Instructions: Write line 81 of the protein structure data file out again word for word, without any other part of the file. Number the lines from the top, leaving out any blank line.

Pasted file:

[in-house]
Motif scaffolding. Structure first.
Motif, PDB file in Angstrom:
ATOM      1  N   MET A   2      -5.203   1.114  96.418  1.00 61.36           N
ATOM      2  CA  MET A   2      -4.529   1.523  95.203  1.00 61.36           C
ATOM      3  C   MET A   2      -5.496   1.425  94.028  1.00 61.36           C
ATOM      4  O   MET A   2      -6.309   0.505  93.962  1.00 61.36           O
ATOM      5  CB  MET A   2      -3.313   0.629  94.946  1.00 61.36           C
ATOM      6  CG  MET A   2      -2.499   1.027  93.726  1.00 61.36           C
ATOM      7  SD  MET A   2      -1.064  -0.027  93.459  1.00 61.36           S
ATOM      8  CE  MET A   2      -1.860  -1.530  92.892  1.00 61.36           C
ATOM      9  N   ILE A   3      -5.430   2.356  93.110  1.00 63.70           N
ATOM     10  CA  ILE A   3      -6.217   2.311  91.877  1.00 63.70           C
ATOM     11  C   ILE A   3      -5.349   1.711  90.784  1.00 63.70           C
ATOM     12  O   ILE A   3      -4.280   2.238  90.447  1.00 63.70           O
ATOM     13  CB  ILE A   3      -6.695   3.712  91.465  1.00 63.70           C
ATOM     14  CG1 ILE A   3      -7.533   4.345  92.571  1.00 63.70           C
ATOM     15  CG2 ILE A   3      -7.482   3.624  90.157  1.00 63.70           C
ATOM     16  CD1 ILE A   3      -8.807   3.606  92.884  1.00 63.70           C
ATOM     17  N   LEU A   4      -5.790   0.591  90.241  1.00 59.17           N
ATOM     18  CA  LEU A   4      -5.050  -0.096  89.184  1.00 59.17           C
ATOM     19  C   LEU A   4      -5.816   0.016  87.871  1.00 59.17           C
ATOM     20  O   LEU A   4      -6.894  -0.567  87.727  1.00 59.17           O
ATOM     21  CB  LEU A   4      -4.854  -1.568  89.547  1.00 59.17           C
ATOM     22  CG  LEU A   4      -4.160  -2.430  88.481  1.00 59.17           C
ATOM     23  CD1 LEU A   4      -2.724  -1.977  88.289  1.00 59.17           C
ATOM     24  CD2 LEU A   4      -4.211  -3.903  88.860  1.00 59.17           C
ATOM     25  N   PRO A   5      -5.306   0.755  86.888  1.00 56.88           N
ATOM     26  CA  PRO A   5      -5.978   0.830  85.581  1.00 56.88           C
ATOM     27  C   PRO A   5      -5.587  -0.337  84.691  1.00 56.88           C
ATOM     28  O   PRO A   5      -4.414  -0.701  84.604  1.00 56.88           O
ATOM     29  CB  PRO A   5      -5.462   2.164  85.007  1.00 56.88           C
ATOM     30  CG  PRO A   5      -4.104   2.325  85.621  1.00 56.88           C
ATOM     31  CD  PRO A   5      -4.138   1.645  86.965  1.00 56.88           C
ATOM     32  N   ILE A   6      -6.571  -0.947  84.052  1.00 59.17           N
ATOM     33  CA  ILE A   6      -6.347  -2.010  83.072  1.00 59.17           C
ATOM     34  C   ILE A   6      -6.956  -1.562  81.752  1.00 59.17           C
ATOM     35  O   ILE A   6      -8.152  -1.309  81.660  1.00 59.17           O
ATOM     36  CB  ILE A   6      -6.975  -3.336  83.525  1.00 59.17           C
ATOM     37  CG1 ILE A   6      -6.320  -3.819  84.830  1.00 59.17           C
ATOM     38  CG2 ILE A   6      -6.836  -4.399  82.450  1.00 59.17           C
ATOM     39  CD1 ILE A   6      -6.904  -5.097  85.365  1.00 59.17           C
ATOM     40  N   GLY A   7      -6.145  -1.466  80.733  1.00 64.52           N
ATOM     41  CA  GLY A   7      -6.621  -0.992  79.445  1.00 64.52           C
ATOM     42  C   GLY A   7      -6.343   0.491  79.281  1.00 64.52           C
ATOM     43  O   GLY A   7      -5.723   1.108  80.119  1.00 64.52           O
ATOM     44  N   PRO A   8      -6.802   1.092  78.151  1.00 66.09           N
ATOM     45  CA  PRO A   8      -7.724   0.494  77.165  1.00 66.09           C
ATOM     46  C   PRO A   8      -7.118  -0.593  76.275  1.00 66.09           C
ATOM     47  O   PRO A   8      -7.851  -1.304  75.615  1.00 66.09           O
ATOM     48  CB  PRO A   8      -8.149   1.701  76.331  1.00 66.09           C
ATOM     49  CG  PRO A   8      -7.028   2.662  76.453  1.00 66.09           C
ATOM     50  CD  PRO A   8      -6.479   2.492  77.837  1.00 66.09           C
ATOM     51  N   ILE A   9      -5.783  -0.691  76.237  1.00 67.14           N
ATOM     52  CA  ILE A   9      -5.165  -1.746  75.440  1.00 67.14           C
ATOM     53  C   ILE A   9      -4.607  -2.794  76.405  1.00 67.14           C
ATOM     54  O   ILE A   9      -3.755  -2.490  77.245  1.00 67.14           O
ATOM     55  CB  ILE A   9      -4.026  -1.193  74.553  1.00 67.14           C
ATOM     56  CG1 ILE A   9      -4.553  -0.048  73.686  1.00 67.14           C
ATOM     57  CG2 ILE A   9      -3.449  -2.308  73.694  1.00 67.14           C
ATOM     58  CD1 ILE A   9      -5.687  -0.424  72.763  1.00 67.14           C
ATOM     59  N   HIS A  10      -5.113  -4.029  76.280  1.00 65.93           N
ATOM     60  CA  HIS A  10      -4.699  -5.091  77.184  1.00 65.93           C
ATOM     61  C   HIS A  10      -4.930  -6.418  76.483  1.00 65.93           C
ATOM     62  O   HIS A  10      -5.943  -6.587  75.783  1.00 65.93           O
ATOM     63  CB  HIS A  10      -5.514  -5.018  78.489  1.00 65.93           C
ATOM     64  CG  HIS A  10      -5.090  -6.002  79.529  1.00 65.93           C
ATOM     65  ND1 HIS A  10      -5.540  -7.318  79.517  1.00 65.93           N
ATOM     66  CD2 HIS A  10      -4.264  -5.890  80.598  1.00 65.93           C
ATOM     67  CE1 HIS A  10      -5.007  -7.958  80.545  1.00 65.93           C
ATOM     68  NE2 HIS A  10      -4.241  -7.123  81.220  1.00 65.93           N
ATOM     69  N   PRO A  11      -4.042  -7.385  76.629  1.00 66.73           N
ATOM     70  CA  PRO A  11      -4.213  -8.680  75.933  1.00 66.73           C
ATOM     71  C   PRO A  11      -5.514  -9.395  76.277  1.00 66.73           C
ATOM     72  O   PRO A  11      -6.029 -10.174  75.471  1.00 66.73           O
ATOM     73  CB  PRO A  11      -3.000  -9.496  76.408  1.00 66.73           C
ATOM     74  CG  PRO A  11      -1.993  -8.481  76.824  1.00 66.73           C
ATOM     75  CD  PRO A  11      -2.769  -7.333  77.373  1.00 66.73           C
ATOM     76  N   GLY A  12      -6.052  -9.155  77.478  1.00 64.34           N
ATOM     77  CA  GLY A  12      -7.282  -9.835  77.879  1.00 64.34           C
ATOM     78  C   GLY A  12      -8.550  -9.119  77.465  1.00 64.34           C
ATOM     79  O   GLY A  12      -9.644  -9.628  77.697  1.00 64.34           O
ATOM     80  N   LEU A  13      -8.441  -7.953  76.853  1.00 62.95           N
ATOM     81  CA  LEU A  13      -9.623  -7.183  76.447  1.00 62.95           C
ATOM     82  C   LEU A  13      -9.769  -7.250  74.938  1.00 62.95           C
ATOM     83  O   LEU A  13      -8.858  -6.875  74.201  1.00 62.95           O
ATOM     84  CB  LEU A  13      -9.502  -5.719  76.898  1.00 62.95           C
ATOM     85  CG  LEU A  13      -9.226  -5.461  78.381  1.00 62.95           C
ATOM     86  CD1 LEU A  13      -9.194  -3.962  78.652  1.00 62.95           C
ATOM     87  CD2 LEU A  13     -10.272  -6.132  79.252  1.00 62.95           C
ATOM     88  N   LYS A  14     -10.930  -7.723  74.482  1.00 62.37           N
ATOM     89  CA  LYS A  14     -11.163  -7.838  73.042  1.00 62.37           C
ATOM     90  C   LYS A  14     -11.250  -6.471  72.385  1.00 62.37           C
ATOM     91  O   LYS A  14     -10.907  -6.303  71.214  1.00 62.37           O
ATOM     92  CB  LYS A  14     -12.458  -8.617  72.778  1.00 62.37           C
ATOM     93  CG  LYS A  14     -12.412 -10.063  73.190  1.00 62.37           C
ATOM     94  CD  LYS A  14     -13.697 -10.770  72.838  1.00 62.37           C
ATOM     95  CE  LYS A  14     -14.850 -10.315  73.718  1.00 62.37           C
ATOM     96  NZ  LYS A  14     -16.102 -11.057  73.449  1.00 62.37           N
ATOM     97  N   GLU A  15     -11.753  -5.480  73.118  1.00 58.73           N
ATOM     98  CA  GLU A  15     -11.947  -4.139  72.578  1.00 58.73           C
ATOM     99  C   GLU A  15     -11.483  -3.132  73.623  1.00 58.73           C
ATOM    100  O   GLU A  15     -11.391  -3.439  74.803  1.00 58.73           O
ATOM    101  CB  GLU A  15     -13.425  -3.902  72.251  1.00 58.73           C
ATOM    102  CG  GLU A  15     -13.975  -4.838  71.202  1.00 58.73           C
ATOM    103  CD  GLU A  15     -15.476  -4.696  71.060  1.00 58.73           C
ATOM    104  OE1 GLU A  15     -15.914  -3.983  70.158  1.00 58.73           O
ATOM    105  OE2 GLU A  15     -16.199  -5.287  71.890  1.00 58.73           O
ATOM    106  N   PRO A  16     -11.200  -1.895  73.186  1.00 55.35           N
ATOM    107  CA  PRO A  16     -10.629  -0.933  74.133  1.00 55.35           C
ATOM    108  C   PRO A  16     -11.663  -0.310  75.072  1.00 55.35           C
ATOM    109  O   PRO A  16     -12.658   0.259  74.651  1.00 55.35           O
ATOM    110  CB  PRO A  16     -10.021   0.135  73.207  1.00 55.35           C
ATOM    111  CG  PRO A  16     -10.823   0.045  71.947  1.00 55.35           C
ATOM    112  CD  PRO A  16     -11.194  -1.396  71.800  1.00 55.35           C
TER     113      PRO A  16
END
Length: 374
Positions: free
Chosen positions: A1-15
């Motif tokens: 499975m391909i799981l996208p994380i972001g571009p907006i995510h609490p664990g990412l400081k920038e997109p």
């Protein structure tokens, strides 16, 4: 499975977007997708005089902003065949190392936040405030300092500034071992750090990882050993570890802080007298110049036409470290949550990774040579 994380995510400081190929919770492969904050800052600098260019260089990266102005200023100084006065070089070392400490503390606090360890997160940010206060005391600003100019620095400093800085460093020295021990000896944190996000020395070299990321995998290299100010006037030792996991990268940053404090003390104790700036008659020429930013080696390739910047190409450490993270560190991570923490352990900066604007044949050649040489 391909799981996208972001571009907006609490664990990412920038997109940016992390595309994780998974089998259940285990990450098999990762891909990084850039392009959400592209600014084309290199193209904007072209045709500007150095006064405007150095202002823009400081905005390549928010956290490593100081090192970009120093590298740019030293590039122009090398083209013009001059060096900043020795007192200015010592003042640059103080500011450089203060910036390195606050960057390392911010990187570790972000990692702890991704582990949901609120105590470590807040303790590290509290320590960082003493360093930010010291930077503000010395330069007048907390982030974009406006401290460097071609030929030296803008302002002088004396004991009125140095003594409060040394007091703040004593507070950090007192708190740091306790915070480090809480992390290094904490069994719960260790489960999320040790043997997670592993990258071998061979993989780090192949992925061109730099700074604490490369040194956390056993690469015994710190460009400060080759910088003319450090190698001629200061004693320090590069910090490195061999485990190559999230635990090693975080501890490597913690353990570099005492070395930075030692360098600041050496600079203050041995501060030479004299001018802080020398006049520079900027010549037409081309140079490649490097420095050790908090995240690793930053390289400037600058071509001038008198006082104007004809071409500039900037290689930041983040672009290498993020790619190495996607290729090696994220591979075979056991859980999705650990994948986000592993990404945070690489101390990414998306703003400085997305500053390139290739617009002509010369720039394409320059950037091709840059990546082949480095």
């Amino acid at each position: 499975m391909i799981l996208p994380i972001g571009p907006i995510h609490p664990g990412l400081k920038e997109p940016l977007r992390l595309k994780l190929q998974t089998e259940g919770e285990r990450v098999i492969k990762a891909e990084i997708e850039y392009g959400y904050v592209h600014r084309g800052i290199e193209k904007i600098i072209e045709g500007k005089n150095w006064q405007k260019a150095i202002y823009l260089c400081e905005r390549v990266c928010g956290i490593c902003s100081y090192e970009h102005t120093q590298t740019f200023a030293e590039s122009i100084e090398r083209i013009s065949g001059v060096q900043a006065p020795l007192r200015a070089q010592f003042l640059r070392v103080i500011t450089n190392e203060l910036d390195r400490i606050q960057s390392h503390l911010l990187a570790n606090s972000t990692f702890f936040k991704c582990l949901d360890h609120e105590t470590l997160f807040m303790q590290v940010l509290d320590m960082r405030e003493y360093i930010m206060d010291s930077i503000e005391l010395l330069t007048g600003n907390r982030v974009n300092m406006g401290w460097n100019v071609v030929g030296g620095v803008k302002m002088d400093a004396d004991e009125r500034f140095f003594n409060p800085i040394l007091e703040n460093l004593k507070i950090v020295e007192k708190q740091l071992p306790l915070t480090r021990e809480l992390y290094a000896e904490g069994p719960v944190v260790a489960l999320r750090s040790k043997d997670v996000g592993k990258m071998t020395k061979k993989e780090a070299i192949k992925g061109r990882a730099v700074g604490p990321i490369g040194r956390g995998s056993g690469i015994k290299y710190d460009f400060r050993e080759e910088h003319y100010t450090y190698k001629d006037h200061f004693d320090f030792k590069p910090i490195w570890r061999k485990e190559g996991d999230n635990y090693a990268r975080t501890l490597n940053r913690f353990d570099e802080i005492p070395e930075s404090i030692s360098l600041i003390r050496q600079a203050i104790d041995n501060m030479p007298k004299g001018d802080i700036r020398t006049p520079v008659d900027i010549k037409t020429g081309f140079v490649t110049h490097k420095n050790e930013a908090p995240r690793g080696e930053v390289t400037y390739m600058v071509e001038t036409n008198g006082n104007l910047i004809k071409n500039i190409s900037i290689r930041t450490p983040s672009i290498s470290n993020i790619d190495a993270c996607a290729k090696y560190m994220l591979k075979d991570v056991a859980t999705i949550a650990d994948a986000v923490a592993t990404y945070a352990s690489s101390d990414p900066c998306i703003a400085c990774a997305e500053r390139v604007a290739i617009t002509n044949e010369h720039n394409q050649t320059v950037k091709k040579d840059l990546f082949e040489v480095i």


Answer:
ATOM     78  C   GLY A  12      -8.550  -9.119  77.465  1.00 64.34           C